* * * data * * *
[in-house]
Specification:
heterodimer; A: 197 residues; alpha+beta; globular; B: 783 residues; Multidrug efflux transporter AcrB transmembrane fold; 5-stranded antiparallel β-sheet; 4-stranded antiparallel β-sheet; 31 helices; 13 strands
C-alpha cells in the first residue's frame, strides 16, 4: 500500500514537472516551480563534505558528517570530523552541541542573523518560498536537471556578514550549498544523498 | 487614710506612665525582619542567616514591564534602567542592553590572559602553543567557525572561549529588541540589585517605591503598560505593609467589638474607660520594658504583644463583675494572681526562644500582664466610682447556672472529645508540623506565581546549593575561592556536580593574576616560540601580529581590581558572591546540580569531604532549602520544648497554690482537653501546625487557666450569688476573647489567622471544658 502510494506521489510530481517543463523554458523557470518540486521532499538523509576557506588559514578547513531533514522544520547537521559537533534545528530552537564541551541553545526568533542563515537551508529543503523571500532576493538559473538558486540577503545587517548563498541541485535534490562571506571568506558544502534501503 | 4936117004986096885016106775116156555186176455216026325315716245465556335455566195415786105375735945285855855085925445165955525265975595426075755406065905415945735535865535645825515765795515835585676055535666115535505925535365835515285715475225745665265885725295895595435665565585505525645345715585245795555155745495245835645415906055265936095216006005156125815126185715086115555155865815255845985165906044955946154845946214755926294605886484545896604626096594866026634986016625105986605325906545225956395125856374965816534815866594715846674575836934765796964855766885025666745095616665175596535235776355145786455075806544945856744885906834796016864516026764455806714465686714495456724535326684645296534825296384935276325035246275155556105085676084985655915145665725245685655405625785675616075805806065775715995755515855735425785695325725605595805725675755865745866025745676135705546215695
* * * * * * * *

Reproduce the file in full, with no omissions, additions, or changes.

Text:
[in-house]
Specification:
heterodimer; A: 197 residues; alpha+beta; globular; B: 783 residues; Multidrug efflux transporter AcrB transmembrane fold; 5-stranded antiparallel β-sheet; 4-stranded antiparallel β-sheet; 31 helices; 13 strands
C-alpha cells in the first residue's frame, strides 16, 4: 500500500514537472516551480563534505558528517570530523552541541542573523518560498536537471556578514550549498544523498 | 487614710506612665525582619542567616514591564534602567542592553590572559602553543567557525572561549529588541540589585517605591503598560505593609467589638474607660520594658504583644463583675494572681526562644500582664466610682447556672472529645508540623506565581546549593575561592556536580593574576616560540601580529581590581558572591546540580569531604532549602520544648497554690482537653501546625487557666450569688476573647489567622471544658 502510494506521489510530481517543463523554458523557470518540486521532499538523509576557506588559514578547513531533514522544520547537521559537533534545528530552537564541551541553545526568533542563515537551508529543503523571500532576493538559473538558486540577503545587517548563498541541485535534490562571506571568506558544502534501503 | 4936117004986096885016106775116156555186176455216026325315716245465556335455566195415786105375735945285855855085925445165955525265975595426075755406065905415945735535865535645825515765795515835585676055535666115535505925535365835515285715475225745665265885725295895595435665565585505525645345715585245795555155745495245835645415906055265936095216006005156125815126185715086115555155865815255845985165906044955946154845946214755926294605886484545896604626096594866026634986016625105986605325906545225956395125856374965816534815866594715846674575836934765796964855766885025666745095616665175596535235776355145786455075806544945856744885906834796016864516026764455806714465686714495456724535326684645296534825296384935276325035246275155556105085676084985655915145665725245685655405625785675616075805806065775715995755515855735425785695325725605595805725675755865745866025745676135705546215695